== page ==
June 20, 2004

BASIC

When I first learned to program, back in those Halcyon days of yore, the language I learned to program in was BASIC -- the Beginner's All-purpose Symbolic Instruction Code. The year, if I recall correctly, was 1977, and my dad had built a microcomputer from a kit. It was a big black box with a couple of switches on the front, a dumb terminal, and a paper tape reader/punch for program storage.

BASIC has changed since then; it's acquired fancy control structures and data types and block structure and long variable names and all kinds of stuff, but back then it was a really simple language. And the joy of it, at first, wasn't that we were writing complicated programs; it was that we were writing down our wishes, and the computer was carrying them out! I still remember the thrill I got from writing programs like this:

100 PRINT "THIS IS AN ENDLESS LOOP!"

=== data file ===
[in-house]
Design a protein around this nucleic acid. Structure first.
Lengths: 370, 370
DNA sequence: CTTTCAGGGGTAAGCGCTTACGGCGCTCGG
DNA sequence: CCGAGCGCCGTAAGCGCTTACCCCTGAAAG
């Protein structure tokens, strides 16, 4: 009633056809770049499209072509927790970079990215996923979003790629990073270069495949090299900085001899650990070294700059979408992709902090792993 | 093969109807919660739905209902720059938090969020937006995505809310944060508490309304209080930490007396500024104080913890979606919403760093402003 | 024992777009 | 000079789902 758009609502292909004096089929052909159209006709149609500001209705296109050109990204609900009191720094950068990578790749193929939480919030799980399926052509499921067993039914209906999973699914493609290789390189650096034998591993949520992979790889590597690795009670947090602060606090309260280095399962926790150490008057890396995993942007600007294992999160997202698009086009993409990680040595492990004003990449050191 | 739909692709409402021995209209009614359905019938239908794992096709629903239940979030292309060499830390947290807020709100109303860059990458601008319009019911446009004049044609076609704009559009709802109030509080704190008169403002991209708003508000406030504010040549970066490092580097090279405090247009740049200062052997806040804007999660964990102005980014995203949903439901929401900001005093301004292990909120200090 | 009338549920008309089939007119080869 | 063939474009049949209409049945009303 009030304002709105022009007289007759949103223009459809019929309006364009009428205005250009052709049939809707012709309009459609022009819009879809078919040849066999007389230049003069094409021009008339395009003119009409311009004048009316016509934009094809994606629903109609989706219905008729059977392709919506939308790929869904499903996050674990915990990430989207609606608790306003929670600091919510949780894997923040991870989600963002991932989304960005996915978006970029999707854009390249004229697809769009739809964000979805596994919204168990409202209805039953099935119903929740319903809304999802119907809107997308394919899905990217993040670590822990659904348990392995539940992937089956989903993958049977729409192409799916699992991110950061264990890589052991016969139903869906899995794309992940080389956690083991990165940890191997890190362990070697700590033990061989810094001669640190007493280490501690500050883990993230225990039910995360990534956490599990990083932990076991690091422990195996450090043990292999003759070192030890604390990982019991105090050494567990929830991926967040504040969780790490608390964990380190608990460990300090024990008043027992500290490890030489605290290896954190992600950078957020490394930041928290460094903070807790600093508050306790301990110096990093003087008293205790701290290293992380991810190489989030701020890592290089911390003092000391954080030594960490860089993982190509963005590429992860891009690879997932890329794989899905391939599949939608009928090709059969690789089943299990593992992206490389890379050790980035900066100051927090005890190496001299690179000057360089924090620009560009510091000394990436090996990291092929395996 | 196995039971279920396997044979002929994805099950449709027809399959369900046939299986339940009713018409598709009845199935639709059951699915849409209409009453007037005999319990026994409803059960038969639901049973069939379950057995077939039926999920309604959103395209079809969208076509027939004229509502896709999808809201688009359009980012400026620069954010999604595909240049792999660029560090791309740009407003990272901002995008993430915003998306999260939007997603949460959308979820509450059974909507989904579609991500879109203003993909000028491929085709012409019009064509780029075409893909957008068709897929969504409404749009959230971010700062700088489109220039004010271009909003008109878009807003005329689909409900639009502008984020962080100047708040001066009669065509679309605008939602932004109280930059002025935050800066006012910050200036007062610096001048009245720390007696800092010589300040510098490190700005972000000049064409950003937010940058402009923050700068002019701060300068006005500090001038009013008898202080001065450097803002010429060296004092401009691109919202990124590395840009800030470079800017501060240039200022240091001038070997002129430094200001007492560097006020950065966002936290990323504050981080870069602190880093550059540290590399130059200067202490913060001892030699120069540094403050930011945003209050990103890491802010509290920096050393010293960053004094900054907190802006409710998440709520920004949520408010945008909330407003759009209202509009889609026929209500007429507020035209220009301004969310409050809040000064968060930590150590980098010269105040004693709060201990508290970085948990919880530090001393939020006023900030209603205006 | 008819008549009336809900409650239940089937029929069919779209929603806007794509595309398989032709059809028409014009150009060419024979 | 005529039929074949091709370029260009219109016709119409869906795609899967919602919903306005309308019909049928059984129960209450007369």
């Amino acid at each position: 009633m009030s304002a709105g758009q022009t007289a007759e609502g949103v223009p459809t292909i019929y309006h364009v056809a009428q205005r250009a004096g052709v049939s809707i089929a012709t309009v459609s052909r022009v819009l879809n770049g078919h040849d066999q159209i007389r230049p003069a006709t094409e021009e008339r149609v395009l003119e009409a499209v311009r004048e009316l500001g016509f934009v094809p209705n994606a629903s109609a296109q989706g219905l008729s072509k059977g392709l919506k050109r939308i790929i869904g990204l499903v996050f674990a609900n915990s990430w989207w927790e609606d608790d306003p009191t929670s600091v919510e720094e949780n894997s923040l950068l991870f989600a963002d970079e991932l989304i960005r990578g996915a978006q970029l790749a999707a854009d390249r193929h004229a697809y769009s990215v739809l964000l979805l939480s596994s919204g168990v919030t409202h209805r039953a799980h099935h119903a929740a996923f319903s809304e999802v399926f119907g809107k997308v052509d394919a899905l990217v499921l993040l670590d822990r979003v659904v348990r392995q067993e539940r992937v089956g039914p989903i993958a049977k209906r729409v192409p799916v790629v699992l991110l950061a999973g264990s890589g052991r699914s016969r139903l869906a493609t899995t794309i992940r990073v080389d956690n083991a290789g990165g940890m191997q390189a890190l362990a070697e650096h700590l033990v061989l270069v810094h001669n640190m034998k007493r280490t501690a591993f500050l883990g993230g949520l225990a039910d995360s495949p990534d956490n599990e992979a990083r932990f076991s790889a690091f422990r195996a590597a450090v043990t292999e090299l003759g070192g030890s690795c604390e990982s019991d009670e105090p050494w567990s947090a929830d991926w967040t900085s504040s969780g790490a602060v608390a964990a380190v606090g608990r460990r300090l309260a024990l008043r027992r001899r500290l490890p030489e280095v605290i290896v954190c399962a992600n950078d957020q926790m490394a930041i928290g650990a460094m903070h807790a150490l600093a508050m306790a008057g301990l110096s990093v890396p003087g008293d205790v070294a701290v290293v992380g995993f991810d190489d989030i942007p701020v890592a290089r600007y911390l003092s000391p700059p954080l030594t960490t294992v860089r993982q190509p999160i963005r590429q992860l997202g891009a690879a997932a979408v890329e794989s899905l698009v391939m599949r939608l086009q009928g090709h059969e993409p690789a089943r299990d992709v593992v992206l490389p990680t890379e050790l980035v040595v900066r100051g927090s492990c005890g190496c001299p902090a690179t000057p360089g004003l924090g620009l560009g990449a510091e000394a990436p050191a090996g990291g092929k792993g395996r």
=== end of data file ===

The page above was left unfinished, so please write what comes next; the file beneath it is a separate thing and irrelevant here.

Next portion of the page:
200 GOTO 100

and

100 FOR I = 1 to 100
200 PRINT "WILL IS GREAT!"
300 NEXT I

Both programming and programming languages have gotten more complicated since then; most application programming these days involves writing GUI applications, and that's nothing I'd want to try to teach my seven-year-old. On the other hand, programming requires clear, logical thinking, and that's a skill I want to teach my seven-year-old as early as possible. And while I wouldn't want to teach my kid C or Java or even my beloved Tcl, there's always good, old, classic BASIC.

So I did a little web search and found a program called NBASIC that runs on our kid's computer; it emulates the kind of old-fashioned BASIC that used to come built-in to microcomputers like the Apple ][ and the early IBM PCs. I installed it, and then sat Dave down next to me, and started showing him things. You never forget to ride a bicycle, and evidently you never forget your first programming language, either, because in just a little while we'd written a simple program that picks a random letter and then makes you guess it. If you guess the wrong letter, it tells you whether the letter you picked comes before or after the computer's letter in the alphabet, and lets you guess again. And that's it.

And David was as happy as a pig in slop playing this simple little game for about half-an-hour. Old-fashioned BASIC might not have a lot of glamour, but I think it's got a little more mileage left in it.

Posted by Will Duquette at June 20, 2004 04:47 PM